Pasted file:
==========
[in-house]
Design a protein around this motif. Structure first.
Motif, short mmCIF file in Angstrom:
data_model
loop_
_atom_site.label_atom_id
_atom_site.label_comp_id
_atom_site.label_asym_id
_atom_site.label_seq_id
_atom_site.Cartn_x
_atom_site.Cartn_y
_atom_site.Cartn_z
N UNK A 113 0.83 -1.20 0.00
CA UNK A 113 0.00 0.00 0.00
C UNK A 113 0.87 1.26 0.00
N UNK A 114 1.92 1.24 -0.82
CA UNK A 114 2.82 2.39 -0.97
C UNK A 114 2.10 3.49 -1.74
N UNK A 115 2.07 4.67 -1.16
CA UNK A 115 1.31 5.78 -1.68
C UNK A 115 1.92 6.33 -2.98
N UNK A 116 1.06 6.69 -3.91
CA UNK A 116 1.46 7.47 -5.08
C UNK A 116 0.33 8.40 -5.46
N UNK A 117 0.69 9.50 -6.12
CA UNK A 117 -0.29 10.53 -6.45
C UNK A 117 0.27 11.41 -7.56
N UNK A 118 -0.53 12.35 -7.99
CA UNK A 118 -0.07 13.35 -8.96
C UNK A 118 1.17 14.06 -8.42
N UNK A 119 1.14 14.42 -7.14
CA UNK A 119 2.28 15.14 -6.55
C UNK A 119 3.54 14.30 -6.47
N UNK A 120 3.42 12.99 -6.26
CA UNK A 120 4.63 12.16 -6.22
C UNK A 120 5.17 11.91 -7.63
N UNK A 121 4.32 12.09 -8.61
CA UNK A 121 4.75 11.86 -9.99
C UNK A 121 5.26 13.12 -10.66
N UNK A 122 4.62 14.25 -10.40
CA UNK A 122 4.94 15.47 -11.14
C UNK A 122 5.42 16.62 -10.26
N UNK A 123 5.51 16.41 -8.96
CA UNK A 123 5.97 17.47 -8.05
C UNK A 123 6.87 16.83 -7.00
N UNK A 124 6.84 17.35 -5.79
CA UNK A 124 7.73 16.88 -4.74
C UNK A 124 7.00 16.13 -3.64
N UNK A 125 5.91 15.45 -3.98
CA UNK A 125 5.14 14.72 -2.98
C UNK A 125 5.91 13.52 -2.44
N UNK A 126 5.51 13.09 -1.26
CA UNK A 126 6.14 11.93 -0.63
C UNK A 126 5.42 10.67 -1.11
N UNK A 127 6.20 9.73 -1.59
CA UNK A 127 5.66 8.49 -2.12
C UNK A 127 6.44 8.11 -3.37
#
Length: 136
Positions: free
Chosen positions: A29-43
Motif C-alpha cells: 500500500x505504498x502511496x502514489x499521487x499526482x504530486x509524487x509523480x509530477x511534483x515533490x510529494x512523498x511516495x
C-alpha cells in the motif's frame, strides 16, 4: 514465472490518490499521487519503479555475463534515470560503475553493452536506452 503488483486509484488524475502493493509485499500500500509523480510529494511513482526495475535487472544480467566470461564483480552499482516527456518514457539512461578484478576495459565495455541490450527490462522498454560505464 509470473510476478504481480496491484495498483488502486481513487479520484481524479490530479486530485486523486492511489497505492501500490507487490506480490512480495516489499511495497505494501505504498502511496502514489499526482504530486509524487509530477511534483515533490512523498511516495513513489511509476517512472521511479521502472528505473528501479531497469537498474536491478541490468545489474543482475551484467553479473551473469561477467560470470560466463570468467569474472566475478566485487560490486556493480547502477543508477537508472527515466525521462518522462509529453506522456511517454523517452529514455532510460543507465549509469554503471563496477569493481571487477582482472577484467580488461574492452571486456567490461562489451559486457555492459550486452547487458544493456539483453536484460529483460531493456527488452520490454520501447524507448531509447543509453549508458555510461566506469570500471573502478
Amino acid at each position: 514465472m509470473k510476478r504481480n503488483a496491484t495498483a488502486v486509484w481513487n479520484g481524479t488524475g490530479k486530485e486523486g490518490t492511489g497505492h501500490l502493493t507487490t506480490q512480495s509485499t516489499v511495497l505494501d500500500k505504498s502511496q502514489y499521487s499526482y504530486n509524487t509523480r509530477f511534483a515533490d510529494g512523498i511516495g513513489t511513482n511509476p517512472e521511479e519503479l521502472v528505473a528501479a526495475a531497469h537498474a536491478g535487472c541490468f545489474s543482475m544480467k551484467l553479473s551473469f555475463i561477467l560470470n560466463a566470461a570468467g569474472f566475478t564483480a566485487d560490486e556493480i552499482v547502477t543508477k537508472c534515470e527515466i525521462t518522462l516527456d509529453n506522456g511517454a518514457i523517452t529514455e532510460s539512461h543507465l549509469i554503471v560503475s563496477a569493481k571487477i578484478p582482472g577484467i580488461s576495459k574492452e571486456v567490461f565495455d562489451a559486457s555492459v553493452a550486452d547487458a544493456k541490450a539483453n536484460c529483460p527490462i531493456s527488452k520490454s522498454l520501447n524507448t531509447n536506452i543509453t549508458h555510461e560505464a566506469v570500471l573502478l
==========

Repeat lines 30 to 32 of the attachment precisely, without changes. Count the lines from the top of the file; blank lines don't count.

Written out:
C UNK A 118 1.17 14.06 -8.42
N UNK A 119 1.14 14.42 -7.14
CA UNK A 119 2.28 15.14 -6.55